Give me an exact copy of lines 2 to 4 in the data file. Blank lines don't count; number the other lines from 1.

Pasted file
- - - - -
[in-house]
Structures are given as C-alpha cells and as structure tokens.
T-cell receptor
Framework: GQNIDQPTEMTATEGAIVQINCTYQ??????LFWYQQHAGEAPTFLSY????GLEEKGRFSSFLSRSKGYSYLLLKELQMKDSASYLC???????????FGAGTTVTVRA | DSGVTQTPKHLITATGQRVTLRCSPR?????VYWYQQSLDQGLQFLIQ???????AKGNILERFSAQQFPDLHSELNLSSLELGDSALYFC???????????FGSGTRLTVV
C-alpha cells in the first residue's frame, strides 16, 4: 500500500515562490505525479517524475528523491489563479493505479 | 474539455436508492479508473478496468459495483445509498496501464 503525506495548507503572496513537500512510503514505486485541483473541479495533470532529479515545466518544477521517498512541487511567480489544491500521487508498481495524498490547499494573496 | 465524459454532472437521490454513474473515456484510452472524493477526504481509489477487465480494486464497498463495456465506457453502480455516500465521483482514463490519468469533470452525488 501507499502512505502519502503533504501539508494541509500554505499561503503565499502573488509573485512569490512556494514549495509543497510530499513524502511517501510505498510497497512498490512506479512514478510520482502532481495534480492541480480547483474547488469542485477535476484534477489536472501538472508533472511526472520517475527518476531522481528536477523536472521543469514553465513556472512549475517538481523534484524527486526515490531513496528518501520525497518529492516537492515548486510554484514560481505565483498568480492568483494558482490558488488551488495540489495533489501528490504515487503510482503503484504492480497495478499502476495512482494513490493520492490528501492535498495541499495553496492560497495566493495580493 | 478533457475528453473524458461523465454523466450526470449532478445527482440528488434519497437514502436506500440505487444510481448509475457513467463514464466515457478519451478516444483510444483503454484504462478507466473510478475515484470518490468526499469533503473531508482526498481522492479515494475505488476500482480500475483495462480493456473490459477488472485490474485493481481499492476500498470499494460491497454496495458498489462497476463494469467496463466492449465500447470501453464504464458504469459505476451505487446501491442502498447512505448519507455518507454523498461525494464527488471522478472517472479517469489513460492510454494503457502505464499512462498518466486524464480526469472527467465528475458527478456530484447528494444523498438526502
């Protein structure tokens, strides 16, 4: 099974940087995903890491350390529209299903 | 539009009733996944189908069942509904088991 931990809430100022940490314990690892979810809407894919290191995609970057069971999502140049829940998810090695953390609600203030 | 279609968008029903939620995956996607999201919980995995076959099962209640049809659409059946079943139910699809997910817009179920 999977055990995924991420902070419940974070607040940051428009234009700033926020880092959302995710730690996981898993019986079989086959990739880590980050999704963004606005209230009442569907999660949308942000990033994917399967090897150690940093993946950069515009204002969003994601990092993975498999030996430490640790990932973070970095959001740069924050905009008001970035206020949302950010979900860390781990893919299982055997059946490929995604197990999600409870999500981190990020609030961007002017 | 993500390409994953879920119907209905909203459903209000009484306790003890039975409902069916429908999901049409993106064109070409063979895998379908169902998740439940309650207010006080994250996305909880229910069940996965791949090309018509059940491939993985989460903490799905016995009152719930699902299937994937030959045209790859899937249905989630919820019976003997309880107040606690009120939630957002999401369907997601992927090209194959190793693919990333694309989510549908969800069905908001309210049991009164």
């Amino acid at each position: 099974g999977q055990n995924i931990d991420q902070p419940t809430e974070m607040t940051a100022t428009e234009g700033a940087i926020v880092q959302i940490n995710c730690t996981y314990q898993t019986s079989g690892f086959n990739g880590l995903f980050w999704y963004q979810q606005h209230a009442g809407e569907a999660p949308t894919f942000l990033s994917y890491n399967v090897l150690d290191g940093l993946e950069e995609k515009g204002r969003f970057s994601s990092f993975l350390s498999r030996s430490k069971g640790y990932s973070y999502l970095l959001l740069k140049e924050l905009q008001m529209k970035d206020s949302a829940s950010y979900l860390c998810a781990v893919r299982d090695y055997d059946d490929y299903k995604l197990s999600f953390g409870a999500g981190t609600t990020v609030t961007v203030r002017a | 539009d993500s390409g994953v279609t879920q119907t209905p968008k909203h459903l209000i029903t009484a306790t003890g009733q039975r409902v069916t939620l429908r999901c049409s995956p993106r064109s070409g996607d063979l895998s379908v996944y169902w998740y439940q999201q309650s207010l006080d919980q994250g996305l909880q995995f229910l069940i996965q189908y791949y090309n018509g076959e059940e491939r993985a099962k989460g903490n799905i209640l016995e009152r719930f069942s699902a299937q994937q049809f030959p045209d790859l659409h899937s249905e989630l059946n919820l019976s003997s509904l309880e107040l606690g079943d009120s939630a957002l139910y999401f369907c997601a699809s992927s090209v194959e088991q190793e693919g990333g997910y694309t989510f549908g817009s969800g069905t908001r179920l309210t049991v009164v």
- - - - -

Structures are given as C-alpha cells and as structure tokens.
T-cell receptor
Framework: GQNIDQPTEMTATEGAIVQINCTYQ??????LFWYQQHAGEAPTFLSY????GLEEKGRFSSFLSRSKGYSYLLLKELQMKDSASYLC???????????FGAGTTVTVRA | DSGVTQTPKHLITATGQRVTLRCSPR?????VYWYQQSLDQGLQFLIQ???????AKGNILERFSAQQFPDLHSELNLSSLELGDSALYFC???????????FGSGTRLTVV